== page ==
How to get relief from seasonal allergies

2014-05-11 10:52:54 by Public Relations staff, as posted on the blog.

Since there is no cure for allergies, avoiding or reducing exposure to allergens is the best way to cope. Since there is no cure for allergies, avoiding or reducing exposure to allergens is the best way to cope.

Green lawns and blooming flowers are a welcome sight at this time of year, but for allergy sufferers, they signal the start of an allergy season that will continue until the first frost.

“The most common allergens in the spring are tree and grass pollens, as well as molds,” said Rajeev Kishore, MD, director of the Center for Allergy and Immunology at Akron Children’s Hospital. “Then in late summer and early fall, pollen from ragweed becomes a common trigger.”

Pollen and molds are both airborne allergens. Pollen counts are usually higher in the morning and on warm, dry, breezy days. They are lowest when it’s chilly and wet.

Molds are fungi that thrive both indoors and out in warm, moist environments. Outside, they may be found in poor drainage areas, such as piles of wet leaves or compost piles. Indoors, they grow in dark, poorly ventilated places, such as bathrooms and damp basements. As a result, mold allergies can be seasonal or year-round.


Symptoms of airborne allergies

Airborne allergens can cause allergic rhinitis, which occurs in about 15 to 20 percent of Americans. Symptoms of allergic rhinitis range from mild to severe and include:



  • Itchy nose or throat

  • Sneezing

  • Nasal congestion

  • Coughing

  • Runny nose


These symptoms are often accompanied by red, itchy and watery eyes, a condition known as allergic conjunctivitis.

Dr. Rajeev Kishore Dr. Rajeev Kishore

“Allergies are sometimes mistaken for colds, but if symptoms persist for more than 10 to 14 days, it’s likely an allergy,” said Dr. Kishore. “With colds, there’s usually a thicker nasal drainage and less sneezing. The eyes may burn, but they won’t be red, itchy or watery as with allergies.”

If your child has cold-like symptoms lasting longer than a week or two, or develops what appears to be a cold at the same time every year, it’s probably a seasonal allergy.

Your doctor may be able to make a diagnosis and prescribe medications, or you may be referred to an allergist for allergy skin tests and more extensive therapy.



Diagnosing seasonal allergies



“Allergies are sometimes mistaken for colds, but if symptoms persist for more than 10 to 14 days, it’s likely an allergy,” said Dr. Kishore.

To determine the cause of an allergy, allergists usually perform skin tests for the most common environmental allergens. (They can also be used to test for food allergies, if the reactions are not severe.)
With skin tests, a small amount of the allergen, in the form of a liquid, is injected just under the skin. If a reddish bump resembling a mosquito bite appears at the injection site (usually within 15 minutes), the test is positive.
Even if a skin test shows an allergic reaction, a child must also have symptoms to be diagnosed with an allergy.



Relieving allergy symptoms

Since there is no cure for allergies, avoiding or reducing exposure to allergens is the best way to cope.

Although it’s nearly impossible to avoid airborne allergens completely, there are steps you can take to limit your child’s exposure.

“Two of the most important things you can do is keep windows closed and use air conditioning when pollen is at its peak,” said Dr. Kishore.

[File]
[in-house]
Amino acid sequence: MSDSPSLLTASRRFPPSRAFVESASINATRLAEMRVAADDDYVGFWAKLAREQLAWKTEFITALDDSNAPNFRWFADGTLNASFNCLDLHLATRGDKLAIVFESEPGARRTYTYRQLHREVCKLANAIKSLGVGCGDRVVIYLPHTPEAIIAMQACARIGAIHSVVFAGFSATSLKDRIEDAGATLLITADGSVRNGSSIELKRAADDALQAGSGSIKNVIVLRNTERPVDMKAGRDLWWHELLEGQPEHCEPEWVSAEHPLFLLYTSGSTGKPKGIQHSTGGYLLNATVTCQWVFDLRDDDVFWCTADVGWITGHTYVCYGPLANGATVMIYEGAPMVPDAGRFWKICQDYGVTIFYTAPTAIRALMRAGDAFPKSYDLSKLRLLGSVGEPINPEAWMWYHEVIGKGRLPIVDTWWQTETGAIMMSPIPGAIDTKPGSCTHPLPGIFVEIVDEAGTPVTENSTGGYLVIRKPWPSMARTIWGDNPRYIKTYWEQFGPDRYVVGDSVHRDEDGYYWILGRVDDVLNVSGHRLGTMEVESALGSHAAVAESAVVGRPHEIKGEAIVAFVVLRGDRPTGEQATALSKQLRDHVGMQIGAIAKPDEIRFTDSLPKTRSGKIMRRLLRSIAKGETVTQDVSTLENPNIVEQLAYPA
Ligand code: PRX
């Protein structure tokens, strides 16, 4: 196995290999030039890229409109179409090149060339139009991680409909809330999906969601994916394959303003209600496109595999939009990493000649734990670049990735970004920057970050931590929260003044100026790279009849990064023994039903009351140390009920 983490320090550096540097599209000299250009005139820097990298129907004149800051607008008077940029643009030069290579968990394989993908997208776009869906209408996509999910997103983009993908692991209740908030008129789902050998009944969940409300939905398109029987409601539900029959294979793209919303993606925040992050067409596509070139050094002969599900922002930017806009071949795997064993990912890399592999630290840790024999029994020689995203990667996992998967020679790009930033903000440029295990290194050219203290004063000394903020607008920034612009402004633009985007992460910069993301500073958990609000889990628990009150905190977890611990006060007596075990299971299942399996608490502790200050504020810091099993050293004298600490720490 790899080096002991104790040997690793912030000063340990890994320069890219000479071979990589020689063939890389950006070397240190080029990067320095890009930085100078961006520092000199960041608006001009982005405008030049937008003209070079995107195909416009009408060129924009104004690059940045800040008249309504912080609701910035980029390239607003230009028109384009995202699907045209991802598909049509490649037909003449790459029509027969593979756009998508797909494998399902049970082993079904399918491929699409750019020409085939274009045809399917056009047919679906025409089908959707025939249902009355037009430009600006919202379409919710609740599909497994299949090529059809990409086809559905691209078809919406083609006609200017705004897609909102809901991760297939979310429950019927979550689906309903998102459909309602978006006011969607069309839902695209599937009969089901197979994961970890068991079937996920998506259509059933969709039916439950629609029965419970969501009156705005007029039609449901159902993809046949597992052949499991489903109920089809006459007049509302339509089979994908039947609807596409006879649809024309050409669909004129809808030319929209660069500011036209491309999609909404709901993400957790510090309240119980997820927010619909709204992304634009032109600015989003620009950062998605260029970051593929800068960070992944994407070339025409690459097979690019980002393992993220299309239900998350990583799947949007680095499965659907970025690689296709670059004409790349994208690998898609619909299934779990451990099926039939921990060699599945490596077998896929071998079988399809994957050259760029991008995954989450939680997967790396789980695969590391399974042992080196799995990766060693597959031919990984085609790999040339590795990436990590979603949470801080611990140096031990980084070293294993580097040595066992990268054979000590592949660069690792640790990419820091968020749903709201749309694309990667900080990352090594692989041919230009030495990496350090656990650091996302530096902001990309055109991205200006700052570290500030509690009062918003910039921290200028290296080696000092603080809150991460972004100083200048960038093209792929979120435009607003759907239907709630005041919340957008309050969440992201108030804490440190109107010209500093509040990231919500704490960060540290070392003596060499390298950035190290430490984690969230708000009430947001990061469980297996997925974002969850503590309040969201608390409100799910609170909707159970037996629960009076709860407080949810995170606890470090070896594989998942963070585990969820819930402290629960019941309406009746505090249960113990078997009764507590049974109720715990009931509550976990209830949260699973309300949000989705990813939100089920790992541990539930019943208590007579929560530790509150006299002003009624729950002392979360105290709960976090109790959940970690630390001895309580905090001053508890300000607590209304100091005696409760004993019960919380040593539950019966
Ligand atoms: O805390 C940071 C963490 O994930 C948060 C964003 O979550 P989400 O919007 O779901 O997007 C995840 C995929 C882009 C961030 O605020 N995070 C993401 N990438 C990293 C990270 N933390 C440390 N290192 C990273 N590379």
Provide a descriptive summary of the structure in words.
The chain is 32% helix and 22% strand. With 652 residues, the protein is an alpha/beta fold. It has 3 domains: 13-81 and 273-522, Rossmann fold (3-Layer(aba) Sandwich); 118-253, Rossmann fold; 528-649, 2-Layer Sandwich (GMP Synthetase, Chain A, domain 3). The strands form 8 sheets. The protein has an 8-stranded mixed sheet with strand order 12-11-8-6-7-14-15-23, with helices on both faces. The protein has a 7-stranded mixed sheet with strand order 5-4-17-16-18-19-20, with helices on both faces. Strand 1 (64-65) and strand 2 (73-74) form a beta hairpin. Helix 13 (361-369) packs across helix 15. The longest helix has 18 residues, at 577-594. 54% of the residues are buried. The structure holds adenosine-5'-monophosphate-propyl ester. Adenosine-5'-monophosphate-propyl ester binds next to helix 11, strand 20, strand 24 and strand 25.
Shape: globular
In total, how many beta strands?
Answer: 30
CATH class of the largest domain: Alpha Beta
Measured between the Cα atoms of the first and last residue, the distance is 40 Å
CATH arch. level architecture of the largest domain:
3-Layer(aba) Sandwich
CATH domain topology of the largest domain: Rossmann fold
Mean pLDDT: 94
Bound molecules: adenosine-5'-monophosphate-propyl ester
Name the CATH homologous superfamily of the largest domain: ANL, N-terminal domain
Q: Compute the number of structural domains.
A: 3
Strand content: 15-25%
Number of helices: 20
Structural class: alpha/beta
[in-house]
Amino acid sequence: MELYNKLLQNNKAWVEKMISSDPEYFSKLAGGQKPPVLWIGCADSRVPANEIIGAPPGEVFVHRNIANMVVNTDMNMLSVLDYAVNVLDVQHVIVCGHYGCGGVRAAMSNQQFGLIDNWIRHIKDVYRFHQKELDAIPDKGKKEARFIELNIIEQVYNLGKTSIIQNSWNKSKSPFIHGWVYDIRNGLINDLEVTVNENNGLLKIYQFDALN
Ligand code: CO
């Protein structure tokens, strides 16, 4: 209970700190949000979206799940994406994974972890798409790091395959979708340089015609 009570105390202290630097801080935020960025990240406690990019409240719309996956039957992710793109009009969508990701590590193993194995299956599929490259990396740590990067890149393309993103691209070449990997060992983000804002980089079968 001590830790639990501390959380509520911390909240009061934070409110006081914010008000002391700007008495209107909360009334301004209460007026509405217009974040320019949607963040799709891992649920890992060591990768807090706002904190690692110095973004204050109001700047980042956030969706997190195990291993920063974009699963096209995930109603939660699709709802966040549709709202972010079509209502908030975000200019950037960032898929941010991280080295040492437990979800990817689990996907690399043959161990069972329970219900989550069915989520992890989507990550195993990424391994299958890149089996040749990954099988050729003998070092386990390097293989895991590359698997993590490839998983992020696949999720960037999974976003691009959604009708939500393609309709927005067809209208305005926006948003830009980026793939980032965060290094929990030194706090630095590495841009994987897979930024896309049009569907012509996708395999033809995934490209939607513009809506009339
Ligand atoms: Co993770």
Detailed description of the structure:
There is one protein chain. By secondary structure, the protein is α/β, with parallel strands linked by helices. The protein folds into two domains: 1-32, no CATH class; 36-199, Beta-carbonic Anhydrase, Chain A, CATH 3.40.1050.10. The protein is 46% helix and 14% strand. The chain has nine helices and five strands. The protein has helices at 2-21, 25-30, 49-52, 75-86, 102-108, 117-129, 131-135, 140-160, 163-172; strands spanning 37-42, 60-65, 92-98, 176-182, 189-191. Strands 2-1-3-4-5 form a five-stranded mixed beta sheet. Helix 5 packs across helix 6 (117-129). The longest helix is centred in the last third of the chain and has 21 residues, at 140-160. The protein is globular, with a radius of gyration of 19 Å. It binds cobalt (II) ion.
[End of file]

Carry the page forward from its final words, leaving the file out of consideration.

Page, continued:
Other steps you can take to avoid exposure to airborne allergens include:



  • Staying indoors when pollen counts are high.

  • Making sure kids remove clothing after playing outside. Bathing or showering at the end of the day can also remove pollen that may have settled on the hair or body.

  • Not hanging clothes or bedding outside to line dry.

  • Not allowing your child to mow the lawn.

  • Keeping kids who are allergic to mold away from damp areas, such as basements.

  • Keeping bathrooms and other mold-prone areas dry.


For mild to moderate allergy symptoms, prescription or over-the-counter medication can provide relief, including antihistamines such as Zyrtec® or Claritin®, as well as inhaled steroid nasal sprays. Make sure your child takes any medication regularly.

When allergy symptoms are more severe, even with medication, immunotherapy or allergy shots can benefit certain patients. Although not a cure, allergy shots can alleviate symptoms to make them more tolerable.



Who gets allergies?

The tendency to develop allergies is often hereditary, although just because one or both parents may have allergies, there’s no guarantee that any of the children will also have them. It also doesn’t mean a particular allergy will be passed down, just that a child has a greater chance of being allergic.

It’s possible for a child to have allergies without any family history. A child who is allergic to one substance is likely to be allergic to others as well.



Can you outgrow allergies?

Although allergies generally stay with you for your entire life, the symptoms and their severity will vary.

“Most kids will get better in adolescence, usually around age 14 or 15, but then their allergies will peak again when they are young adults,” said Dr. Kishore.

Throughout adulthood, symptoms may come and go, often diminishing between the ages of 40 and 60.



When to see the doctor

If your child’s seasonal allergy symptoms are not easily controlled with medication and by avoiding exposure, Dr. Kishore recommends seeking medical attention.

Otherwise complications can develop, such as ear infections, sinus infections or bronchitis. In some cases, allergic rhinitis can progress to asthma or cause asthma flare-ups to occur.


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